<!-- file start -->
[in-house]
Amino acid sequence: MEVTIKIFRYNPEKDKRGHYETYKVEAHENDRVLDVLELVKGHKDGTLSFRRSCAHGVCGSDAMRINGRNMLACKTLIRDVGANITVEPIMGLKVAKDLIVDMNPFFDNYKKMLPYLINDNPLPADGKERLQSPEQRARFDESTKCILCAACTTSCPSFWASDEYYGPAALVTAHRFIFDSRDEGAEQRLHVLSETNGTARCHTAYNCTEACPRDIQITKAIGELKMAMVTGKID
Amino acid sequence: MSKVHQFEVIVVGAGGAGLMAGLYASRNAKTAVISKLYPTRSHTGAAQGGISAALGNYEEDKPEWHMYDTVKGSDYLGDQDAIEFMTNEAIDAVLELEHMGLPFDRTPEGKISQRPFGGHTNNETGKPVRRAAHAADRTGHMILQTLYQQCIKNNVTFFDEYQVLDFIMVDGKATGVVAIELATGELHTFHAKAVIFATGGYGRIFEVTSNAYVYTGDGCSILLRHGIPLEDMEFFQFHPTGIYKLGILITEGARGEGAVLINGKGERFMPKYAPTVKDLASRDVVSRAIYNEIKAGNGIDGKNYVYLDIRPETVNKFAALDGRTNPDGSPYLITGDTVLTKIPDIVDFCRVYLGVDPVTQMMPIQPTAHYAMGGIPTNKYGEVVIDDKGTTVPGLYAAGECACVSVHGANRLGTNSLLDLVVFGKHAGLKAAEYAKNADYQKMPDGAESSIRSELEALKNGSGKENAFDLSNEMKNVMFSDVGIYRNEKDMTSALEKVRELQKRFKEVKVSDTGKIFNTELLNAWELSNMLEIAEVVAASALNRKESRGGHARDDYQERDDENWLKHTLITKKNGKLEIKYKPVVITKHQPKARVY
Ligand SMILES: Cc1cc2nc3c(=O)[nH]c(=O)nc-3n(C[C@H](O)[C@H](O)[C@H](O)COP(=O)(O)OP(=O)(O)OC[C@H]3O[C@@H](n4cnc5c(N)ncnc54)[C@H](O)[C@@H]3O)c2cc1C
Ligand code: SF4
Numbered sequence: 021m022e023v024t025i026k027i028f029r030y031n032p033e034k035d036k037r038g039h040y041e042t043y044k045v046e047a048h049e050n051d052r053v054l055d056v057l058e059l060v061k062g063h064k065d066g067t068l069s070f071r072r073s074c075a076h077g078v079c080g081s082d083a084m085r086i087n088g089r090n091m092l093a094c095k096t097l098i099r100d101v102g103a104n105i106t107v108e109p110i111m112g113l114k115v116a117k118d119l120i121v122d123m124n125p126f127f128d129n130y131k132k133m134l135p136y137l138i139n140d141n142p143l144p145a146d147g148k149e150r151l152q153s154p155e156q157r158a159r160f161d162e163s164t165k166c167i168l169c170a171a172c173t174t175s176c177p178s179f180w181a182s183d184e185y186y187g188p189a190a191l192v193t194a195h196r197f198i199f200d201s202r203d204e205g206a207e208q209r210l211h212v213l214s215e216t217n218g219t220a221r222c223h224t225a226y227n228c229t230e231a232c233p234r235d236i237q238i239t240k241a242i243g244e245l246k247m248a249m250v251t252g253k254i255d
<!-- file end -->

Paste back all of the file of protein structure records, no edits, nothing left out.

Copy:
[in-house]
Amino acid sequence: MEVTIKIFRYNPEKDKRGHYETYKVEAHENDRVLDVLELVKGHKDGTLSFRRSCAHGVCGSDAMRINGRNMLACKTLIRDVGANITVEPIMGLKVAKDLIVDMNPFFDNYKKMLPYLINDNPLPADGKERLQSPEQRARFDESTKCILCAACTTSCPSFWASDEYYGPAALVTAHRFIFDSRDEGAEQRLHVLSETNGTARCHTAYNCTEACPRDIQITKAIGELKMAMVTGKID
Amino acid sequence: MSKVHQFEVIVVGAGGAGLMAGLYASRNAKTAVISKLYPTRSHTGAAQGGISAALGNYEEDKPEWHMYDTVKGSDYLGDQDAIEFMTNEAIDAVLELEHMGLPFDRTPEGKISQRPFGGHTNNETGKPVRRAAHAADRTGHMILQTLYQQCIKNNVTFFDEYQVLDFIMVDGKATGVVAIELATGELHTFHAKAVIFATGGYGRIFEVTSNAYVYTGDGCSILLRHGIPLEDMEFFQFHPTGIYKLGILITEGARGEGAVLINGKGERFMPKYAPTVKDLASRDVVSRAIYNEIKAGNGIDGKNYVYLDIRPETVNKFAALDGRTNPDGSPYLITGDTVLTKIPDIVDFCRVYLGVDPVTQMMPIQPTAHYAMGGIPTNKYGEVVIDDKGTTVPGLYAAGECACVSVHGANRLGTNSLLDLVVFGKHAGLKAAEYAKNADYQKMPDGAESSIRSELEALKNGSGKENAFDLSNEMKNVMFSDVGIYRNEKDMTSALEKVRELQKRFKEVKVSDTGKIFNTELLNAWELSNMLEIAEVVAASALNRKESRGGHARDDYQERDDENWLKHTLITKKNGKLEIKYKPVVITKHQPKARVY
Ligand SMILES: Cc1cc2nc3c(=O)[nH]c(=O)nc-3n(C[C@H](O)[C@H](O)[C@H](O)COP(=O)(O)OP(=O)(O)OC[C@H]3O[C@@H](n4cnc5c(N)ncnc54)[C@H](O)[C@@H]3O)c2cc1C
Ligand code: SF4
Numbered sequence: 021m022e023v024t025i026k027i028f029r030y031n032p033e034k035d036k037r038g039h040y041e042t043y044k045v046e047a048h049e050n051d052r053v054l055d056v057l058e059l060v061k062g063h064k065d066g067t068l069s070f071r072r073s074c075a076h077g078v079c080g081s082d083a084m085r086i087n088g089r090n091m092l093a094c095k096t097l098i099r100d101v102g103a104n105i106t107v108e109p110i111m112g113l114k115v116a117k118d119l120i121v122d123m124n125p126f127f128d129n130y131k132k133m134l135p136y137l138i139n140d141n142p143l144p145a146d147g148k149e150r151l152q153s154p155e156q157r158a159r160f161d162e163s164t165k166c167i168l169c170a171a172c173t174t175s176c177p178s179f180w181a182s183d184e185y186y187g188p189a190a191l192v193t194a195h196r197f198i199f200d201s202r203d204e205g206a207e208q209r210l211h212v213l214s215e216t217n218g219t220a221r222c223h224t225a226y227n228c229t230e231a232c233p234r235d236i237q238i239t240k241a242i243g244e245l246k247m248a249m250v251t252g253k254i255d